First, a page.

It’s not unusual to see marcomms work for the New Zealand market that’s been done by our dear Australian friends. But Auckland independent Lassoo Media and PR has been reversing that trend recently and is carrying out trans-Tasman work for clients like Cavalier Bremworth, Trilogy and, most recently, The Comfort Group, which owns Sleepyhead and Sleepmaker, amongst other brands.
Lassoo, which offers “media strategy and buying including consumer insights, corporate and consumer PR and digital expertise spanning social media management, email marketing management and search engine marketing”, has been representing Sleepyhead in New Zealand since 2010. But The Comfort Group chief executive Chris Taylor says the partnership in both markets enables it to retain knowledge and key learnings as well as ensure best optimisation for campaigns in both Australia and New Zealand.
“Content marketing strategies, coupled with strong media buying and tactical campaigns that really dial up social engagement, have had a strong impact with the Sleepyhead brand and implementing this multi-layered approach with Sleepmaker will provide the building blocks we need,” he says.
Lassoo has represented Cavalier Bremworth in both markets for the past five years. And, reversing the usual sequence of events, it won the New Zealand Trilogy media account in November last year after being appointed to its Australian media business in July.
“Engaging one agency across both markets is strategically beneficial,” says Trilogy’s International communications manager Lisa Wilson. ”Partnering with Lassoo ensures campaigns are robust and well-integrated, yet customised to meet the different dynamics of each market,”
While Lassoo co-owner Anna St George says the push into trans-Tasman work wasn’t planned and just turned out that way, it makes good sense and she says there is scope for more of the same.
“We have a good understanding of the Australian market and our successful negotiations have achieved highly-competitive results. It makes sense to have one media agency in terms of cost efficiencies and consistent brand positioning. Our knowledge of media in both countries ensures campaigns are developed to get the best cut-through and that activity is complementary on either side of the Tasman.”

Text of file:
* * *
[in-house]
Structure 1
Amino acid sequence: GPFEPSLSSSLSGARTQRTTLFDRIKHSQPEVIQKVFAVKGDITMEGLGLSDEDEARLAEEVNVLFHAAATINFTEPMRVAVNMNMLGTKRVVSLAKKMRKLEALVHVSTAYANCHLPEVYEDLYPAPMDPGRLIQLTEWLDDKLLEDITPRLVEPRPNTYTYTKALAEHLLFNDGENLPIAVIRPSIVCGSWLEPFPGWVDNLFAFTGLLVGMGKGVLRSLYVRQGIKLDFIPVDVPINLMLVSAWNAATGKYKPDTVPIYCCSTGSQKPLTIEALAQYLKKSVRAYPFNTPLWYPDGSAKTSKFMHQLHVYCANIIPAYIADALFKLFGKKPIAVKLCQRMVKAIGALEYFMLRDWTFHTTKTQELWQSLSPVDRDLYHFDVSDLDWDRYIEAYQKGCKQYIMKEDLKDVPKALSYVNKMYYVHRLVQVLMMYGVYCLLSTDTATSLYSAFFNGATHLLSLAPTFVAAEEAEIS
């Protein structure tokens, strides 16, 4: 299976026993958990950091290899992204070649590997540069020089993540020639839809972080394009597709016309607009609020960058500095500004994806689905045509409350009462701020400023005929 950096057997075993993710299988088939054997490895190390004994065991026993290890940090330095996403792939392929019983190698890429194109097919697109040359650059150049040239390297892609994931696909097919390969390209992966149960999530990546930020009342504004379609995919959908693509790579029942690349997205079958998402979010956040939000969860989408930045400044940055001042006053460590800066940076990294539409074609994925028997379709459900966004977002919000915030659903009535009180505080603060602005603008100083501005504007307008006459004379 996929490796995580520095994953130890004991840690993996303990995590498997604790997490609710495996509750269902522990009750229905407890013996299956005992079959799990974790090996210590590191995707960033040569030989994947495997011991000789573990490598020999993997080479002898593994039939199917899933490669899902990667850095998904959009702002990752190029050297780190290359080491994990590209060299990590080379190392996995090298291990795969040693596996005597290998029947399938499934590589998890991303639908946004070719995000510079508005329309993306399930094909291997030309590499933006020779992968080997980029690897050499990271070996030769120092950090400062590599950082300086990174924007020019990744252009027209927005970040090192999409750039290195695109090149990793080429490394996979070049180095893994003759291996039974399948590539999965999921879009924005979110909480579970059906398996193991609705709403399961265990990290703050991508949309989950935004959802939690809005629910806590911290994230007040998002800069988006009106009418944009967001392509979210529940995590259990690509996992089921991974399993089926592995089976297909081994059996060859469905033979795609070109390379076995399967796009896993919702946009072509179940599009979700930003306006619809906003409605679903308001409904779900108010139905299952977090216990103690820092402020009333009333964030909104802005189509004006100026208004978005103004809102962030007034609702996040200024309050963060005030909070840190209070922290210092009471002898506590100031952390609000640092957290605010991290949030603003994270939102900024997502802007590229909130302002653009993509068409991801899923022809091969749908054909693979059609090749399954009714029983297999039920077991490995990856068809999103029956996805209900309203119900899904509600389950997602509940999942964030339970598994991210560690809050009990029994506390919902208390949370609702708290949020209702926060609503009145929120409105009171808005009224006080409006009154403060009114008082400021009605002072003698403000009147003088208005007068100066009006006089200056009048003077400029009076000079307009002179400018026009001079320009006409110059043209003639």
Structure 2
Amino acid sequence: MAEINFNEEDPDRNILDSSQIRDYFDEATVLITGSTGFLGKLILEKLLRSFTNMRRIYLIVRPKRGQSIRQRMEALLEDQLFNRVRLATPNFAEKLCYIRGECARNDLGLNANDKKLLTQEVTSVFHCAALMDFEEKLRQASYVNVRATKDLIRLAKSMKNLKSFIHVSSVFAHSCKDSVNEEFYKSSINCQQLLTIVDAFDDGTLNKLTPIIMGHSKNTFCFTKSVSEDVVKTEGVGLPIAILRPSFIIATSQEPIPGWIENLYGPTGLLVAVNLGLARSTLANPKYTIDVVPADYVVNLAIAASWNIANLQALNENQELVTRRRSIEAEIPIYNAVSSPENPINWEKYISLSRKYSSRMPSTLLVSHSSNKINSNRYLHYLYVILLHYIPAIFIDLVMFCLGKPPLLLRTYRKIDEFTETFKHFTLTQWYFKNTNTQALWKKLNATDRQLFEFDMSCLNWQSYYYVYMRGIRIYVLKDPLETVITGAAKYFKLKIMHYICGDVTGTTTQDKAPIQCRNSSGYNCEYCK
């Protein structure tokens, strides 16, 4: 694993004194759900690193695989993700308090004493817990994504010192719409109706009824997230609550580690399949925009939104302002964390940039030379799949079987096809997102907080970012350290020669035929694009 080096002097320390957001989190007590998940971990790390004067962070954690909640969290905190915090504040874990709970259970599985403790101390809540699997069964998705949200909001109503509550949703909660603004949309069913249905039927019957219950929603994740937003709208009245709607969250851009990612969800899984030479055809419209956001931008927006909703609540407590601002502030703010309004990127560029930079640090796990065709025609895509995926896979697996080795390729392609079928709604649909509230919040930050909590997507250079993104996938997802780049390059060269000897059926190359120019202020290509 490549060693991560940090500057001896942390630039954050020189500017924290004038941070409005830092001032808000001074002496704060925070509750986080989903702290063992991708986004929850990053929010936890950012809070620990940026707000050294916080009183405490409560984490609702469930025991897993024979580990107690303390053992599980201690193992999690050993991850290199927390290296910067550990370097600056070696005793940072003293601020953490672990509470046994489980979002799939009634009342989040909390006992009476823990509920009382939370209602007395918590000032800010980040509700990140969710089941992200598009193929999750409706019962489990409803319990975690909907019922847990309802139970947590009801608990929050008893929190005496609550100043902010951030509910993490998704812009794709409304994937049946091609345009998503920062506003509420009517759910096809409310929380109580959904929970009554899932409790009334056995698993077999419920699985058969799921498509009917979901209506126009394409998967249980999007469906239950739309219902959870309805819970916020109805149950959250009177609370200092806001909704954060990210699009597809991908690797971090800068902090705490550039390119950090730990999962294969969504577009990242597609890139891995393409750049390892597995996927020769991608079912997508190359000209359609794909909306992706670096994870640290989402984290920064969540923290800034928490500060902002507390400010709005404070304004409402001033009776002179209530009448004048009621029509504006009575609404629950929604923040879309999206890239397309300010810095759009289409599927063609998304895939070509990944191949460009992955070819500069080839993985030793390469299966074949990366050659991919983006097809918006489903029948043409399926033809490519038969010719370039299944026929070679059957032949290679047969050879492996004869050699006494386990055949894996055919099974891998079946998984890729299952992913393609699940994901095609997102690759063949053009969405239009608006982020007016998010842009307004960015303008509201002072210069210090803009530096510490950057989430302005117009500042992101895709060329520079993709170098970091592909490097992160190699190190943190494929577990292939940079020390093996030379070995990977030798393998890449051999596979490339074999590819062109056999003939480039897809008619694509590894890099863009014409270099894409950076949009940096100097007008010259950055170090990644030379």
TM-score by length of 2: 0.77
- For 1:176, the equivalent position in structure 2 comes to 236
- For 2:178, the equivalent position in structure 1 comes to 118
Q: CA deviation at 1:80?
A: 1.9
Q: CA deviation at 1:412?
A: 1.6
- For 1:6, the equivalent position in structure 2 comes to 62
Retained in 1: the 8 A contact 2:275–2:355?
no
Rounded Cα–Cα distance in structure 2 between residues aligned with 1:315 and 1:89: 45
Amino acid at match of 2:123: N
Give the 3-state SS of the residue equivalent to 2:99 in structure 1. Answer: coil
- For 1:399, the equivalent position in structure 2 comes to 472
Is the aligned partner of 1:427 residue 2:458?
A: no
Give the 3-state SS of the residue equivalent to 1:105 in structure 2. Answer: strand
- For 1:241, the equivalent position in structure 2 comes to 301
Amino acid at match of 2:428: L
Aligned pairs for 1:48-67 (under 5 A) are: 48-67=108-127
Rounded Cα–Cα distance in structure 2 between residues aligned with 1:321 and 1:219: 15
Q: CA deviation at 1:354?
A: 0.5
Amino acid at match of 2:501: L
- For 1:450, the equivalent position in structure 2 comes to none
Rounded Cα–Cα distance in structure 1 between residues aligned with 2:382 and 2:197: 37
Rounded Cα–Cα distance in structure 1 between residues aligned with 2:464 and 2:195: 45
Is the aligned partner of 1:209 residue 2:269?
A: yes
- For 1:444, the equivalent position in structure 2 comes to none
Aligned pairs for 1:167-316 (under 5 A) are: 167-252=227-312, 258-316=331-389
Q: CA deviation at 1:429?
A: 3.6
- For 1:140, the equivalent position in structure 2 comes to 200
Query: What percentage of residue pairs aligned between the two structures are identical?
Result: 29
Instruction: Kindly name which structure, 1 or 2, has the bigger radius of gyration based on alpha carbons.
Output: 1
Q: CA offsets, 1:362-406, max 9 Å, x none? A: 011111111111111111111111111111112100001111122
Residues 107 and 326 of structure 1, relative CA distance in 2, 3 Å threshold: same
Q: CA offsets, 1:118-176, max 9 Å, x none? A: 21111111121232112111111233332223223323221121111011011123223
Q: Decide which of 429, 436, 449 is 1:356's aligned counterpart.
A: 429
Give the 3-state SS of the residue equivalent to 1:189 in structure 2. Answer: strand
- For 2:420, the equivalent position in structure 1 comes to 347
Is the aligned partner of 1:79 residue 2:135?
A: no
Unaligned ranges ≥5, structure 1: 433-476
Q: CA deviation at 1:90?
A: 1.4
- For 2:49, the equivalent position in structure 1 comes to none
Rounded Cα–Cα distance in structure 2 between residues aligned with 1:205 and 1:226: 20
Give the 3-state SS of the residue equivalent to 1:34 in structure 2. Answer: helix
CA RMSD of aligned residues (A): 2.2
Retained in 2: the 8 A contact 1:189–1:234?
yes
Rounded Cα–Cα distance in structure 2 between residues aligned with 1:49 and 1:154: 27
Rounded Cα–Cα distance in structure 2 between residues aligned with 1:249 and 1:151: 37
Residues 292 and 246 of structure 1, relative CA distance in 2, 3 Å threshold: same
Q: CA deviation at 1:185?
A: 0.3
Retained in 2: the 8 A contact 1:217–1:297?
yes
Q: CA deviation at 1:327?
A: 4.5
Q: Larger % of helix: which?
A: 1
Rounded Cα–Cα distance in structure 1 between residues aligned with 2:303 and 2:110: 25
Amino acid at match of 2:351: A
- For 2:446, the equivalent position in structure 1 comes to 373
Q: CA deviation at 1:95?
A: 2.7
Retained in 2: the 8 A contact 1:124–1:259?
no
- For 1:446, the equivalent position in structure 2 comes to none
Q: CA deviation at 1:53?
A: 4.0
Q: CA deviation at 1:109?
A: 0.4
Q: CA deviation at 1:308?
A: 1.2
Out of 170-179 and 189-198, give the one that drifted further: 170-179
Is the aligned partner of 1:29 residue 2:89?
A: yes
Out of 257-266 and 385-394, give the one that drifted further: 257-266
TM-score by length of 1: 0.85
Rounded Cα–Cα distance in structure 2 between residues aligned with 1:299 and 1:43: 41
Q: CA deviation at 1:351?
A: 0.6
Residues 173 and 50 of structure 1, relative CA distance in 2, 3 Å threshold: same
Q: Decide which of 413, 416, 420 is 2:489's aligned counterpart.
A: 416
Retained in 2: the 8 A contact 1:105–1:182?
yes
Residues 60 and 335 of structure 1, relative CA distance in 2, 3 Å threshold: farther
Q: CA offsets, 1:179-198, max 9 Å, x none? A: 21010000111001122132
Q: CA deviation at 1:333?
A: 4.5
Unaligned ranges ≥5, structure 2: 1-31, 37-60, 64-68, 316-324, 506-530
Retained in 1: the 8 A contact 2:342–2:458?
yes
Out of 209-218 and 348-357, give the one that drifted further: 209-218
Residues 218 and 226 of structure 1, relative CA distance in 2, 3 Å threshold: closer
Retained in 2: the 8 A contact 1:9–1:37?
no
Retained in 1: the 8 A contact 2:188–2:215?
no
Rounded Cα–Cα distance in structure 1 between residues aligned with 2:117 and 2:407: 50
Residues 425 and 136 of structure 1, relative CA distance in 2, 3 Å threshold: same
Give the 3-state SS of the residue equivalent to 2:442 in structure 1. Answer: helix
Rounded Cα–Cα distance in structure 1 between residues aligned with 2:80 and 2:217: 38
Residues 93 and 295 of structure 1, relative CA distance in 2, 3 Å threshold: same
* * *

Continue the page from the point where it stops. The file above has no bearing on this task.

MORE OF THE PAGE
She says the agency, which started up in 2002, isn’t planning on opening an office in Australia any time soon, although it is looking at ways to manage that if its footprint in the market increases.
“At the moment we find we’ve got enough knowledge and contacts and we visit regularly enough to maintain a really good understanding of the market. It’s about great relationships with our reps.”
While these are the only clients it is currently working with in both markets, St George says it has a reasonable portfolio of clients in the group and a couple of them are looking at expanding into the Australian market, so she’s confident this will stand them in good stead.
At present it is only working on the media side of the business for these clients, but its PR and content creation arm is “growing enormously”, it is “always looking to intertwine the different ideas” and there have been a few examples of Kiwi PR agencies successfully doing the ‘reverse takeover’ and setting up in Australia.
“There’s absolutely no reason we can’t do PR for them either,” she says.
St George says things are ticking along nicely in 2013 and the agency has recently put in a couple of new staff (it now totals 13-14). And, with the recent appointment of Special Group as the creative agency of Red Bull, which Lassoo handles media for, St George is excited about the upcoming opportunities to try and “regionalise the brand in this market”.